Normally compounds collected from various sources have their own identifiers, such as CAS Registry numbers (, Accessed June 1, 2013), and ZINC ID (, Accessed June 1, 2013). All these identifiers are used by various chemical sources, which normally contain millions of compounds. For PubChem, each compound has a unique compound accession identifier (CID) linked to a unique chemical structure. When a compound is listed on PubChem, there is usually a formal chemical name, synonyms, which includes trivial names, brand names, IUPAC-like name, chemical formula, and basic physical properties (e.g., molecular weight). Among all this information, only CID can be used to identify a unique compound by its chemical structure. For this reason, all the compounds in our dataset were initially identified by their CIDs. This procedure was finished by automatically transferring other existing identifiers (e.g., CAS) in our dataset into CIDs or automatically searching for a corresponding CID by the chemical structures.

2 Generating the initial response profiles.

The PubChem compounds can be virtually linked to their bioassay records through Entrez Utilities (, Accessed June 1, 2013). Entrez Utilities were developed by the NCBI to let users query various databases through a web browser. We developed programs to perform on-line data extraction from PubChem by embedding the keywords of Entrez Utilities into Perl scripts, which are provided in Protocol S1.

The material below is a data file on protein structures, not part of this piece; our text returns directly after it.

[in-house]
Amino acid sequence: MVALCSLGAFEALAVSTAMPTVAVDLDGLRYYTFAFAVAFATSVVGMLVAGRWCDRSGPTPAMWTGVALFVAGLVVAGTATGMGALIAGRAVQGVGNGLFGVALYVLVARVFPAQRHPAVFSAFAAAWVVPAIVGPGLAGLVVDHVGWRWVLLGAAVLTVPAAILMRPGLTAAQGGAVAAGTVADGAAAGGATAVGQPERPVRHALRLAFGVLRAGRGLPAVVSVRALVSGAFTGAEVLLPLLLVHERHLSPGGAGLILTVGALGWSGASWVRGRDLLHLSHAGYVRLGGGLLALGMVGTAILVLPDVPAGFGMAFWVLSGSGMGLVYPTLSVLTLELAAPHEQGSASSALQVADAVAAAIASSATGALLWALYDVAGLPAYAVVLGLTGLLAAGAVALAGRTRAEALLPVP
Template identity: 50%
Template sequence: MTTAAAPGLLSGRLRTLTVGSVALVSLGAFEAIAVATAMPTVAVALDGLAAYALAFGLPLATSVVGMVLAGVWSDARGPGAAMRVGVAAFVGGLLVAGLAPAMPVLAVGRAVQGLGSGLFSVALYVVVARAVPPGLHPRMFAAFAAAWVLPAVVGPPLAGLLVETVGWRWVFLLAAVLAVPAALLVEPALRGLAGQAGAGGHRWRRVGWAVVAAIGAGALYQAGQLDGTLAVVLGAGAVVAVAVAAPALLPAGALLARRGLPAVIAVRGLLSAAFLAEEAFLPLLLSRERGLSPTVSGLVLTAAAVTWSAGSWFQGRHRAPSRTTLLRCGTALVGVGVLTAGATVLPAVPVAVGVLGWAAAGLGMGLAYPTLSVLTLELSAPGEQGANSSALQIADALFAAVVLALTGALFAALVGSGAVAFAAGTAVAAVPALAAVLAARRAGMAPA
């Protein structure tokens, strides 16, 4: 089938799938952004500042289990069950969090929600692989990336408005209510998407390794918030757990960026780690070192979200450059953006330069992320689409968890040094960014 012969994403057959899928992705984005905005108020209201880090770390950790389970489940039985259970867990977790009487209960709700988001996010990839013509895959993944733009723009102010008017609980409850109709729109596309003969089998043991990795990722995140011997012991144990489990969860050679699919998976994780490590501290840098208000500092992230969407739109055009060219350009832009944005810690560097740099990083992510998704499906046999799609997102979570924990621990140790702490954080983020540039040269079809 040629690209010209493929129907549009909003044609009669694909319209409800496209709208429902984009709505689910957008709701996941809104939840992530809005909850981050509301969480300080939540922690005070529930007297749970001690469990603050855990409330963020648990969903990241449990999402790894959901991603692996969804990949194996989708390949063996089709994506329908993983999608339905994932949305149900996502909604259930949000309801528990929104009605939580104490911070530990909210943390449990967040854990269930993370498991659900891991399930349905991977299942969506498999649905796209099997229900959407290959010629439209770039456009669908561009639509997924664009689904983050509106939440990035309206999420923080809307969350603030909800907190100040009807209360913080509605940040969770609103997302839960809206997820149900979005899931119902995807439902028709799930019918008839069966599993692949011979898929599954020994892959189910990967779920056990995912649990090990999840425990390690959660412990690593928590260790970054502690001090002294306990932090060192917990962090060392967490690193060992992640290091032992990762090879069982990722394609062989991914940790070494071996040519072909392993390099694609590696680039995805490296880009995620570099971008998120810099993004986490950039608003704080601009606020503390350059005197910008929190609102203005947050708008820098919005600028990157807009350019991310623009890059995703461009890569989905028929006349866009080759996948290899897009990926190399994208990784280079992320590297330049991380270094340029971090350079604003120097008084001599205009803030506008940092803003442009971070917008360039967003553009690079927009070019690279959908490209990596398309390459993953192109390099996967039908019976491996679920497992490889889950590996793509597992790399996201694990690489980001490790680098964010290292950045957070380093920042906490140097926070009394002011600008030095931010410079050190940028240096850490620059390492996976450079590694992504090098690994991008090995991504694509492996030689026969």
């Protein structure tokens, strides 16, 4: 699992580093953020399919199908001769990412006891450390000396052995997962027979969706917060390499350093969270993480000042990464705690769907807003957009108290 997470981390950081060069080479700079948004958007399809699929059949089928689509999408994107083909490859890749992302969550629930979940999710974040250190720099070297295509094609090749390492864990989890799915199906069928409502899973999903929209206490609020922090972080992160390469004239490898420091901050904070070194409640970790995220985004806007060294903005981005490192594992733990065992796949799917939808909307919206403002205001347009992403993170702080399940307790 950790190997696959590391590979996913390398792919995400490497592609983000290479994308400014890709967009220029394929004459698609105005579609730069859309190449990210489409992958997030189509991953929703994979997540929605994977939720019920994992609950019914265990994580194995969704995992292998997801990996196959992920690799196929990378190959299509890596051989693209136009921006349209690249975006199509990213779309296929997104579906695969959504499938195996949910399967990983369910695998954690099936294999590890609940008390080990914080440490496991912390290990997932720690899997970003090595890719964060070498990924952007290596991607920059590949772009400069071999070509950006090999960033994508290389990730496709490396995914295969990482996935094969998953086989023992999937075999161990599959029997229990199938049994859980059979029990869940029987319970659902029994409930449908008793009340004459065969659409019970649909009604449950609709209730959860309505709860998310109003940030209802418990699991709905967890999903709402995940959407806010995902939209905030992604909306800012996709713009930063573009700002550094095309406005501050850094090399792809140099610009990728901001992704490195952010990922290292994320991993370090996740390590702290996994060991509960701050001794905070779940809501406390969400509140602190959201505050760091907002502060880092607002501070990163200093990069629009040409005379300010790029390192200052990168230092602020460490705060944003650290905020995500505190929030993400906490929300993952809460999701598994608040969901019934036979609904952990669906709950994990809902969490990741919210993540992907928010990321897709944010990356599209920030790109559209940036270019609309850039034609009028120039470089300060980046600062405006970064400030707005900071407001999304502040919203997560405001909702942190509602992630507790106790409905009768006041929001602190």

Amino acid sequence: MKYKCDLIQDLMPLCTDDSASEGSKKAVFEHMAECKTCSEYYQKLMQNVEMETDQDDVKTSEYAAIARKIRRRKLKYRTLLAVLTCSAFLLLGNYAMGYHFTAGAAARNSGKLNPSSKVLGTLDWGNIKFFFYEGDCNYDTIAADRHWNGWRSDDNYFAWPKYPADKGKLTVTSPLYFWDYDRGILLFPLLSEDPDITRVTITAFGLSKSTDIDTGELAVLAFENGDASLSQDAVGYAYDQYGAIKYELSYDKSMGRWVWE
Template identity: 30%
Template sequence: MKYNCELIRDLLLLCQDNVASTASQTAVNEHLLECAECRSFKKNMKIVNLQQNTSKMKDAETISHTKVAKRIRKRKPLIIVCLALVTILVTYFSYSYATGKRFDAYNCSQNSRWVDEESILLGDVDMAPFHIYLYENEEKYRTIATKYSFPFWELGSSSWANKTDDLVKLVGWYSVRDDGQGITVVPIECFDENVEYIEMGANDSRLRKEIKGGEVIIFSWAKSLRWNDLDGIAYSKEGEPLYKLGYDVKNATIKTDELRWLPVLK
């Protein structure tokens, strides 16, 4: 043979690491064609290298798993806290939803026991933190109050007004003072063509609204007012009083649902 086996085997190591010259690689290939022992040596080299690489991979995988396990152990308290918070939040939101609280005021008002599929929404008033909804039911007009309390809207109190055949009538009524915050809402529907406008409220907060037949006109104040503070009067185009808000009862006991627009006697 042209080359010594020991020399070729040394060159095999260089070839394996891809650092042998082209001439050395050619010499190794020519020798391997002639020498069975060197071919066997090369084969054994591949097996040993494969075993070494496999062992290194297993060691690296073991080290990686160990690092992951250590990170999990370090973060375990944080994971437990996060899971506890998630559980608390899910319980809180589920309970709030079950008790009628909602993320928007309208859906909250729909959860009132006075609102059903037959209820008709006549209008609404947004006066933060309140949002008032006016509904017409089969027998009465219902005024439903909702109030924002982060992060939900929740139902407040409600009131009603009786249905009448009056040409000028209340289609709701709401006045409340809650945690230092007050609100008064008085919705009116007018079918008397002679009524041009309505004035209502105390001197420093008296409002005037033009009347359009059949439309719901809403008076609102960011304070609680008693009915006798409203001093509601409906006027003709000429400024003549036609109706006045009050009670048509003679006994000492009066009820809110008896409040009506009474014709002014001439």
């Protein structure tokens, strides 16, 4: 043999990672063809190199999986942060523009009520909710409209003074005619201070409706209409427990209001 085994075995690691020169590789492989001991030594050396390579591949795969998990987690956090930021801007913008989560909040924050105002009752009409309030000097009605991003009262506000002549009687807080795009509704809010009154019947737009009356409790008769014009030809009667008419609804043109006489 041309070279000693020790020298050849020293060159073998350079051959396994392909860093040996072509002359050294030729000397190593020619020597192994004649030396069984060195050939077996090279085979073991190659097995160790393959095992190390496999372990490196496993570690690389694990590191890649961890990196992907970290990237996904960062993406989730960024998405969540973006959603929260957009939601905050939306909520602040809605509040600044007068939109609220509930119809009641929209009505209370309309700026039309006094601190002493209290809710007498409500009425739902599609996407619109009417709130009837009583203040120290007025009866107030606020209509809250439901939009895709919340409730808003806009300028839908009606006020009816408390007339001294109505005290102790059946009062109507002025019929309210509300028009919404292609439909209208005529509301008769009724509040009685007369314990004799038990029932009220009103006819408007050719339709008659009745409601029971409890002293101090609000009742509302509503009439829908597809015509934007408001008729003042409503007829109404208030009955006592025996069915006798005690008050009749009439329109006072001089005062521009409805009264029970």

The number of compounds that show active results in a HTS bioassay is often much less than the number of inactives. Thus, a bioassay with very few active responses, which indicates little response information recorded by this assay in our target compounds, was excluded first. We used an arbitrary cutoff, which ensures at least 6 actives in each selected bioassay among the target compounds, to remove those somewhat “insignificant” bioassays that provide little information.

After removing insignificant bioassays, we can build an m×n dimension matrix M, as the initial response profiles for our target compounds. This matrix consists of m bioassays as columns and n compounds as rows. The cell Mij of M has a value of either 1 (indicates compound j is active in assay i), −1 (indicates compound j is inactive in assay i), or 0 (indicates compound j is inconclusive or untested in assay i). An assay in this matrix could also be considered as a vector Ai (i = 1–n) with n dimensions.

3 Selecting the most useful bioassays for the targeted compounds’ animal toxicity.